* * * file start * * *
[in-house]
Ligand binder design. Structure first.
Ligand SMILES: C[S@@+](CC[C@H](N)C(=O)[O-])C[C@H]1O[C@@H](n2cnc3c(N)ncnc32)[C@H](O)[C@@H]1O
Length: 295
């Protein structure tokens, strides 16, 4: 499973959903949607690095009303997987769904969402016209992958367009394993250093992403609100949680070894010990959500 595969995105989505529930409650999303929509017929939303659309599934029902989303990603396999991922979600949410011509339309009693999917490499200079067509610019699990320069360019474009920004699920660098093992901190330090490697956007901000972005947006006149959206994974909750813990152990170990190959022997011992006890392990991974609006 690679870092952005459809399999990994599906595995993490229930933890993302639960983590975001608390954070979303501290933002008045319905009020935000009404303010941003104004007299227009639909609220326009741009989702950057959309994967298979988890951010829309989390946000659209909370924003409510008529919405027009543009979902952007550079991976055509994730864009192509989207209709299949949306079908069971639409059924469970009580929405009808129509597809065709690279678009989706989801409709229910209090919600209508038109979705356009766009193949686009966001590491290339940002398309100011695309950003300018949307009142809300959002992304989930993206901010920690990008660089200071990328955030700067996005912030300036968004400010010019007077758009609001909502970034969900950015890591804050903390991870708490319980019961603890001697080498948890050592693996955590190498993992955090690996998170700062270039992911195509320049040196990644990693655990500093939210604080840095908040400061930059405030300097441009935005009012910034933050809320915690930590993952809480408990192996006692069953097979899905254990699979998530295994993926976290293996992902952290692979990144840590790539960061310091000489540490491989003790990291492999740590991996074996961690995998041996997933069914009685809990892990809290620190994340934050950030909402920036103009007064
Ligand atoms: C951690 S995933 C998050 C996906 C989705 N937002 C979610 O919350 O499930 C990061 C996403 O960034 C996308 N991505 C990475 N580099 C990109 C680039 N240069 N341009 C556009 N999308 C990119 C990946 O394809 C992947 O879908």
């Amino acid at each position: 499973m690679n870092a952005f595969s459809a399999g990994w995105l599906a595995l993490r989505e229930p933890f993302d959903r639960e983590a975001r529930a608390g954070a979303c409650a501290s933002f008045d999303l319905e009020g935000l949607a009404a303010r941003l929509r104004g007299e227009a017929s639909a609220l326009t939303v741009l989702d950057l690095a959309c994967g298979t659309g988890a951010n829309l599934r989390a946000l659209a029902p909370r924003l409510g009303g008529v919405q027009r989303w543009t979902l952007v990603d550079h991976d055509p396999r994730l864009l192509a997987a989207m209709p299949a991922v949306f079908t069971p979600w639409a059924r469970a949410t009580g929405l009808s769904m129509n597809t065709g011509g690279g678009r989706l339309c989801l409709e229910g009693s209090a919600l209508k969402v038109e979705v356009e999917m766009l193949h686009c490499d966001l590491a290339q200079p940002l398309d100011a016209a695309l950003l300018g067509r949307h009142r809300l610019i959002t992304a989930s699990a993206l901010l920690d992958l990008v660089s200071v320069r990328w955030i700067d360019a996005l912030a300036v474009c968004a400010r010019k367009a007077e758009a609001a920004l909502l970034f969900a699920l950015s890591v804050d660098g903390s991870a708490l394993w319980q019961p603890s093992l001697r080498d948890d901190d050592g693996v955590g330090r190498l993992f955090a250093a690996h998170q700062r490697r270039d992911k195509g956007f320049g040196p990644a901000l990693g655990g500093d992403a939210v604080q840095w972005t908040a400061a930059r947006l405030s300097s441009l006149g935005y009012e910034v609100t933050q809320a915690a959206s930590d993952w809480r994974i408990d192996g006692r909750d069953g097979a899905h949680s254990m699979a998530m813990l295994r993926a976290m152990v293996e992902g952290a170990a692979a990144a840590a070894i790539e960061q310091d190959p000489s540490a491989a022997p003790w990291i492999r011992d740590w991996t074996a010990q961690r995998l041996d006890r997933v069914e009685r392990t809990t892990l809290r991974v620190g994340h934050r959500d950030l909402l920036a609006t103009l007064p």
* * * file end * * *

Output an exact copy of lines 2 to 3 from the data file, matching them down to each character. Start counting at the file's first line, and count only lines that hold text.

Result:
Ligand binder design. Structure first.
Ligand SMILES: C[S@@+](CC[C@H](N)C(=O)[O-])C[C@H]1O[C@@H](n2cnc3c(N)ncnc32)[C@H](O)[C@@H]1O